Prime Minister of the Bahamas, let me say thank you very much for the 
opportunity to exchange views, which we found most useful.
    We had the opportunity to talk about the further steps which we may 
take as a group of nations to strengthen democracy in our region and to 
ensure that there is great accountability to our citizens and 
transparency in the governance of our respective countries. We were able 
to share views on Haiti and the progress which is being made in relation 
to the restoration of democracy to that country and to express our 
appreciation to the United States of America for the work which it is 
doing in that regard. We were also able to discuss our desire to do all 
we can to assist in helping to create an atmosphere in this region where 
all countries in the region will be democratic countries in the not too 
distant future, including Cuba.
    We were able to put before the administration of the United States 
the items of highest priority for the Caribbean region, and they are the 
inclusion in NAFTA, provisions to preserve and enhance CBI benefits to 
small CARICOM countries, the convention tax deduction benefits, and 
tourism development, which is most important to countries in the region 
like the Bahamas and elsewhere. We were able to point out the need for 
continual support for agriculture and banana, particularly for the 
countries of St. Vincent, Dominica, and St. Lucia.
    We were also able to focus on the joint cooperation in the antidrug 
effort and to point to the fact that one of the most successful, if not 
the most successful, drug interdiction program which has taken place 
anywhere takes place between the United States of America and in the 
Bahamas where some 26 percent of all cocaine seizures are captured.
    And lastly and finally, we were able to focus upon the need for the 
continuing promotion of democracy in our region.
    We all leave Washington, DC, reinvigorated

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and determined to continue our efforts in this region to work together 
as partners to ensure better quality of life for all of our citizens. We 
are most hopeful of the benefits that will come to our region through 
the administration of President Clinton, and we thank you very much.
    President Clinton. Thank you. Let me also say, before you ask the 
question, if there are people here representing your nations, I want to 
make sure that I give them a chance to ask their questions also, but 
we'll start with Helen [Helen Thomas, United Press International].


    Q. Mr. President, since you have a better chance of passing NAFTA in 
the Senate, will you push for the Senate consideration first? And did it 
come as a surprise to you that the Caribbean would feel adversely 
affected by NAFTA? I mean, was it news?
    President Clinton. No. Well, let me answer the first question first. 
I haven't made a decision on that yet, and I don't think I should until 
I consult with the supporters of the agreement. It can't pass in either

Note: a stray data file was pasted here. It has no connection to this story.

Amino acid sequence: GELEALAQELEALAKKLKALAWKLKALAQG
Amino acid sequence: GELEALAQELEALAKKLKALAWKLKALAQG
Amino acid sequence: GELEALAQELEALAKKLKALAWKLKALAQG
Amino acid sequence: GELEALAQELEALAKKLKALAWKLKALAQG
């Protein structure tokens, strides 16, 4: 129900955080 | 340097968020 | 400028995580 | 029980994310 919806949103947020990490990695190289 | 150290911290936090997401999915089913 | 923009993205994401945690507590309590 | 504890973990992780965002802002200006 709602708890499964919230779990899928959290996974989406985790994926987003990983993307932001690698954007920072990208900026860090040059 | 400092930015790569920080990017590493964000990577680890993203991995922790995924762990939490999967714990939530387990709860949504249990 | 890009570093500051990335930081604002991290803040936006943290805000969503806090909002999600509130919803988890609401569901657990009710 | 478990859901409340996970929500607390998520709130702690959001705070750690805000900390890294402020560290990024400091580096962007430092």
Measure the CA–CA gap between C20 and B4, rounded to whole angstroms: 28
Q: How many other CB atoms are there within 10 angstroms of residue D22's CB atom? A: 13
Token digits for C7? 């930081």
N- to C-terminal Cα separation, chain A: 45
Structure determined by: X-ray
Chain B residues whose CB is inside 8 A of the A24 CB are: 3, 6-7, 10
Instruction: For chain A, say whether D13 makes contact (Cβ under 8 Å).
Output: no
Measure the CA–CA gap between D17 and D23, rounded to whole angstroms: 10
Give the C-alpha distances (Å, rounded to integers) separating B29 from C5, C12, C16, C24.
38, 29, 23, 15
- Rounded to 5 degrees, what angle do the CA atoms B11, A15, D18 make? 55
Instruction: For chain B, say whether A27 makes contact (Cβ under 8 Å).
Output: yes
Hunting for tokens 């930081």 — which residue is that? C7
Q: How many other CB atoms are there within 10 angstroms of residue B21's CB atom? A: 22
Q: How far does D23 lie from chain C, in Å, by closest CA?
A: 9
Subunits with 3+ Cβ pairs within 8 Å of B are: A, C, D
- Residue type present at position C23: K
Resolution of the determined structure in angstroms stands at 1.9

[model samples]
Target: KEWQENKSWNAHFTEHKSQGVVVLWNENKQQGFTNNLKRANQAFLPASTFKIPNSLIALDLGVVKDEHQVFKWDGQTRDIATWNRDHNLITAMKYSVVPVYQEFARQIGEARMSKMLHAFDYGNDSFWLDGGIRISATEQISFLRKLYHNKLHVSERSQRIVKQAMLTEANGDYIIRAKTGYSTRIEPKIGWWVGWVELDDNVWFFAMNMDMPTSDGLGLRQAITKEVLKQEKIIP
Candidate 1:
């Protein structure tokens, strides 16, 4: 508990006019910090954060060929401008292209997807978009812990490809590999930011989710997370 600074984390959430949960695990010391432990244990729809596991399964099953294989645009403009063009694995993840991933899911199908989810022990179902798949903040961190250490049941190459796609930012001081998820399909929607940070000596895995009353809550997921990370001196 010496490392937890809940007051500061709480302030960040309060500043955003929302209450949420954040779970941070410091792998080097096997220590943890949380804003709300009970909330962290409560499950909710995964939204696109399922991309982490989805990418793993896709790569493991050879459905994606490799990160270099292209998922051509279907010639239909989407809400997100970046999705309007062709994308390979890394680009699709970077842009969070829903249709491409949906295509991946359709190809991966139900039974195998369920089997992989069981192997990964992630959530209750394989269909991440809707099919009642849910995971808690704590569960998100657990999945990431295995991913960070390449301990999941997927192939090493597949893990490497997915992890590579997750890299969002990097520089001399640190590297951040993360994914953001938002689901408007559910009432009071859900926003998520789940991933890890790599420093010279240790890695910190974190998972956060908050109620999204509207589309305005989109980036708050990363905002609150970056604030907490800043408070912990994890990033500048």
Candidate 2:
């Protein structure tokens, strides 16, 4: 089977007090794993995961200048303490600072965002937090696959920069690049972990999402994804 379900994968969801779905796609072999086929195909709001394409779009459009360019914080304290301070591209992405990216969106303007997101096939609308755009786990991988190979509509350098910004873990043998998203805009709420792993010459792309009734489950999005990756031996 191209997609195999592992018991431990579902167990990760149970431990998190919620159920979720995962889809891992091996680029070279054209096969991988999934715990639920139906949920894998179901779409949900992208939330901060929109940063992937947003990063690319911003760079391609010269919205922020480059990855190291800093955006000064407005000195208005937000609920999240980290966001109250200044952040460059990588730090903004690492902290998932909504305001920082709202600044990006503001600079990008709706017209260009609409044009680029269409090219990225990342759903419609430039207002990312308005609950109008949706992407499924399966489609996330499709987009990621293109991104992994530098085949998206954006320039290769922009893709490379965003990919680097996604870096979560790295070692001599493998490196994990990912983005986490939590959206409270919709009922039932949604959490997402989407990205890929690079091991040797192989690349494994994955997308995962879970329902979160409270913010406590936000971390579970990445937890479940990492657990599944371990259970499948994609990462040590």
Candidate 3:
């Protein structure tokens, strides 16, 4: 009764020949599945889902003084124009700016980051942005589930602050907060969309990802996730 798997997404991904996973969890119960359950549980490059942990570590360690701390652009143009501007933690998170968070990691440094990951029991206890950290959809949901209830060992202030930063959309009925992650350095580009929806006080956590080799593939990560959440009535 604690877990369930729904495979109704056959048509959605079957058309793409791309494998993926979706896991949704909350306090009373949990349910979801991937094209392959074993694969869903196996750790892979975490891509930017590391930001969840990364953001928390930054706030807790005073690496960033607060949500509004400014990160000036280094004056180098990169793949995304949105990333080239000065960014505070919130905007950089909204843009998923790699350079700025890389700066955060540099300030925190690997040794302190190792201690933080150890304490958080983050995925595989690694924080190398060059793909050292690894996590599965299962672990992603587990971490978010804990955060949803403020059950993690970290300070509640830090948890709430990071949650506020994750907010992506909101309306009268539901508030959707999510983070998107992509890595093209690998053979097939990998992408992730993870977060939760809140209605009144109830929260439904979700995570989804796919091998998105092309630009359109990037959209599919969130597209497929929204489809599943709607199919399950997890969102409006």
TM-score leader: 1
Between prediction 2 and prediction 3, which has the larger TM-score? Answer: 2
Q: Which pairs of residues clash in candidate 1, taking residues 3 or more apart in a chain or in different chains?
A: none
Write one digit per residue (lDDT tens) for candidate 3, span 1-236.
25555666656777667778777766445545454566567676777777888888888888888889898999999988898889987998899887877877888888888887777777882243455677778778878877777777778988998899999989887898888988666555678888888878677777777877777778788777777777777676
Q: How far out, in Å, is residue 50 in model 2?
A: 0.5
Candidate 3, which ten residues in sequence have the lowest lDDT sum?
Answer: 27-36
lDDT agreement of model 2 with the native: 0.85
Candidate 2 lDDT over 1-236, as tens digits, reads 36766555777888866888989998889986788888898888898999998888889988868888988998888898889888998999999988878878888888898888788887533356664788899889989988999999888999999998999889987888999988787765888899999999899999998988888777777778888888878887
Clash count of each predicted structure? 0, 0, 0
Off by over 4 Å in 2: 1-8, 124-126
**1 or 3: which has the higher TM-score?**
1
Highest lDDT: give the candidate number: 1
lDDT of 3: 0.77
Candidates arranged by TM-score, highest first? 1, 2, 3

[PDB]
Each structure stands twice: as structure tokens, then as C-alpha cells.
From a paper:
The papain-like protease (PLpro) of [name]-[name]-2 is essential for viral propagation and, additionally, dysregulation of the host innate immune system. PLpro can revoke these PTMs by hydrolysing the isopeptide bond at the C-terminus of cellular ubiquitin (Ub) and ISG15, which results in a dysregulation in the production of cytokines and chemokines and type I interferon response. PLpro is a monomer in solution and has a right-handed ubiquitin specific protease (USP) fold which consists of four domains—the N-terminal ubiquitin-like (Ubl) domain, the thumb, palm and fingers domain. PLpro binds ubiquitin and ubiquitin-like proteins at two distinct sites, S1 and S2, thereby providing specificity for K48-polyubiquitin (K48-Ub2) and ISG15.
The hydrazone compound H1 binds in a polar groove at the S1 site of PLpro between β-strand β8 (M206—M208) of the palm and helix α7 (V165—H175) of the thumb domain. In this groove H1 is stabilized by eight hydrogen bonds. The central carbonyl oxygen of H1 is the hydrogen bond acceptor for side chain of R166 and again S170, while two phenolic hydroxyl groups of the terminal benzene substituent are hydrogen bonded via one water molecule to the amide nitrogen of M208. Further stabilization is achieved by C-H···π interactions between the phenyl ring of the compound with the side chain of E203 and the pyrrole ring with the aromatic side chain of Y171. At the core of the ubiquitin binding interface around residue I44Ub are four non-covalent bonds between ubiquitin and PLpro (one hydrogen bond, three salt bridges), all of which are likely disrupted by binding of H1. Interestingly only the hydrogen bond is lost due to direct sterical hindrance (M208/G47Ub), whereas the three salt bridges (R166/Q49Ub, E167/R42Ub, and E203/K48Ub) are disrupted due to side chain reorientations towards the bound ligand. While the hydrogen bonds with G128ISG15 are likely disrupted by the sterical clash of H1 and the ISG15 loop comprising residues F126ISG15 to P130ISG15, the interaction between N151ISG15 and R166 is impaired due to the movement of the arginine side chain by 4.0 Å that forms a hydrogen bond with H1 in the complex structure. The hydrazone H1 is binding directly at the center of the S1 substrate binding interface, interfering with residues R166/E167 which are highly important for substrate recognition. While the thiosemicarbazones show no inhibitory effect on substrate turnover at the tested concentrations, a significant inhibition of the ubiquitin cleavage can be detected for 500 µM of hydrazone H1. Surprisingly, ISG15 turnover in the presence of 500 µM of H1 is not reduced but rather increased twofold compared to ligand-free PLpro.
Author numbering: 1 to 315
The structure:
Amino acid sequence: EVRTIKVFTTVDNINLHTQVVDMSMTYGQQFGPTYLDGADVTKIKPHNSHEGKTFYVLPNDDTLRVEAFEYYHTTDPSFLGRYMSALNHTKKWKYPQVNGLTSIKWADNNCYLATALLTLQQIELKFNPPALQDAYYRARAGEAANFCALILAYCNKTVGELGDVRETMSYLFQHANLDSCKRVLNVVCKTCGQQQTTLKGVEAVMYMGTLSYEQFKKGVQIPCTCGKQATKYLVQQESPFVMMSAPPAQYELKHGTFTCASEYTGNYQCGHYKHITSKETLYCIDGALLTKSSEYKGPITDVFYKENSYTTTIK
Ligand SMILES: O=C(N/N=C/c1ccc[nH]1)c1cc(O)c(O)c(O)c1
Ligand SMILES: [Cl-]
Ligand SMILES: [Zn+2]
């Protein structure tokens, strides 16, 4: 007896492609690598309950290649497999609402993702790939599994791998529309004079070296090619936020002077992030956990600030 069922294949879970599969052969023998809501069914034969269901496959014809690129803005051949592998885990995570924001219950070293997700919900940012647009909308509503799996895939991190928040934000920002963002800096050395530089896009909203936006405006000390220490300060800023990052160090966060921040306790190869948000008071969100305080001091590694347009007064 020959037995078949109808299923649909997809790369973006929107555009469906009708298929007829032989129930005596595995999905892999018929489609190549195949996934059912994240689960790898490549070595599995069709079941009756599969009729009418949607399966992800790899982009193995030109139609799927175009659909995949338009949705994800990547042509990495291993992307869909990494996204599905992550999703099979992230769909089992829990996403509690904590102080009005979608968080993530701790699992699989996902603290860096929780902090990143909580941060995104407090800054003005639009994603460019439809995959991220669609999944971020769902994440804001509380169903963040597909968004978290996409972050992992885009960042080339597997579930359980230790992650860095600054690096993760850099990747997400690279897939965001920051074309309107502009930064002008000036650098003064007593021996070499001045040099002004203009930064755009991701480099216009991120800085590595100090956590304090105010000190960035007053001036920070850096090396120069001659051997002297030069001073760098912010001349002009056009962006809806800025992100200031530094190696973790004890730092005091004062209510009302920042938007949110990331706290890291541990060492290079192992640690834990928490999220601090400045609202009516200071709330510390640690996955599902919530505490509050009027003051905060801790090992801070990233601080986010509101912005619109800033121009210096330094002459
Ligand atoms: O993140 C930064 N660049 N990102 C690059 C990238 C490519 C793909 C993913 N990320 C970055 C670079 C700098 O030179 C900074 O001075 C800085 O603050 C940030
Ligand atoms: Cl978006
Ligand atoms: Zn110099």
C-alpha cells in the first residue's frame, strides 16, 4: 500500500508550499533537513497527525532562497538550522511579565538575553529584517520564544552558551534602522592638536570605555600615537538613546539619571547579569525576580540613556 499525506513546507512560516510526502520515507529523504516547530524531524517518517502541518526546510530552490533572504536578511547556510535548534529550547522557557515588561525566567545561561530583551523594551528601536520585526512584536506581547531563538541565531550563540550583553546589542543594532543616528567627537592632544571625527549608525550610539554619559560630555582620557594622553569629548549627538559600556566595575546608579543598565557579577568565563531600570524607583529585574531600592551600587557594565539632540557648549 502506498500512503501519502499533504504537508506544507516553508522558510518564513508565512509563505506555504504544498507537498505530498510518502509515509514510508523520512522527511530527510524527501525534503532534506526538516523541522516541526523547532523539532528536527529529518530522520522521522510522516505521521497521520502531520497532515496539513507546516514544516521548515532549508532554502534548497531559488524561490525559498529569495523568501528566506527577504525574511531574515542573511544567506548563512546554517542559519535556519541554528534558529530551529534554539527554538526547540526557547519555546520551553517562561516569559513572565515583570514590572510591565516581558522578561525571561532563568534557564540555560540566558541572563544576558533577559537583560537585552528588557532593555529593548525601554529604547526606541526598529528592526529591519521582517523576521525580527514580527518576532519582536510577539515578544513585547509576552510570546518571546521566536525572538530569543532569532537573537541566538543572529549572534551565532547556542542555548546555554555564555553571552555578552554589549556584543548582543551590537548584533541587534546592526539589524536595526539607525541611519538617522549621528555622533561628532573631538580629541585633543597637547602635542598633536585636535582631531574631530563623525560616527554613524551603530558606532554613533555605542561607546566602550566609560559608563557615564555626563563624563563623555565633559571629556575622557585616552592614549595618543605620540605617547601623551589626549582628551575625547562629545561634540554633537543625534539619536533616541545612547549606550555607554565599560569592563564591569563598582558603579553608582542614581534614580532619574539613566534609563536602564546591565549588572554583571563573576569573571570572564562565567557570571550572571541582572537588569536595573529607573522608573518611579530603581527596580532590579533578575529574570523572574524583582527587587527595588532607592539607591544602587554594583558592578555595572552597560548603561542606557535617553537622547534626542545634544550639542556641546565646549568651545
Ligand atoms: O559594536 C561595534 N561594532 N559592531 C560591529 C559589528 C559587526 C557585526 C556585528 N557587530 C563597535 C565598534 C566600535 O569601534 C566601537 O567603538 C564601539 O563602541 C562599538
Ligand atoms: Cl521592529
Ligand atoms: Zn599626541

House until the legislation is developed, which is now going on to 
embody the agreement. But I'm certainly open to that. I just simply 
haven't had the opportunity to sit down and visit with the supporters 
and see what they want to do. I have no objection to going that way.
    With regard to the Caribbean, it didn't come as a surprise to me. I 
think in general what these leaders said was that they thought it was a 
good idea but that it shouldn't adversely affect existing relationships. 
Our administration has worked hard to have a positive mutually 
beneficial relationship with the CARICOM nations to faithfully carry out 
the laws of Congress, including one that was passed late last year 
designed to stop a previous problem with our efforts there. And I said, 
as I said today, I asked the Ambassador for Trade, Mickey Kantor, to 
look into this and see whether we can provide some assurances that there 
will not be a disadvantage to the Caribbean nations.


    Q. Mr. President, can you be more specific about what the dialog was 
on Cuba and bringing it into a more democratic society?
    President Clinton. Actually, we had a general conversation about it. 
As you know, the position of CARICOM and the position of the United 
States with regard to trade with Cuba is different. I just simply 
reiterated that the Cuban democracy act does not sanction any trade with 
Cuba unless it is somehow subsidized by governments. That is not 
contemplated, so the difficulty issue we just got off the table, and 
then we talked a little bit about what the prospects were for economic 
and political reform in Cuba, something that is devoutly to be hoped for 
by the peoples of all the nations here represented. But there was 
nothing more specific than that.


    Q. Mr. President, if the Bosnian peace agreement is reached in 
Geneva, how many American forces would you be willing to offer to help 
enforce that agreement? How long would they be required to serve? And 
what would be the risk to those forces?
    President Clinton. Well, first of all, whether I would be prepared 
to do that or not depends on whether I'm convinced that the agreement is 
both--is fair, fully embraced by the Bosnian government, and is 
enforceable. That has been a source of concern for our military planners 
all along--about, you know, whether we could have something that would 
be enforceable.
    But I made clear last February, and I will reiterate again, the 
United States is prepared to participate in a multinational effort to 
keep the peace in Bosnia. But I want to see what the details are. I want 
to get the briefing on it. I want to know that it will be enforceable.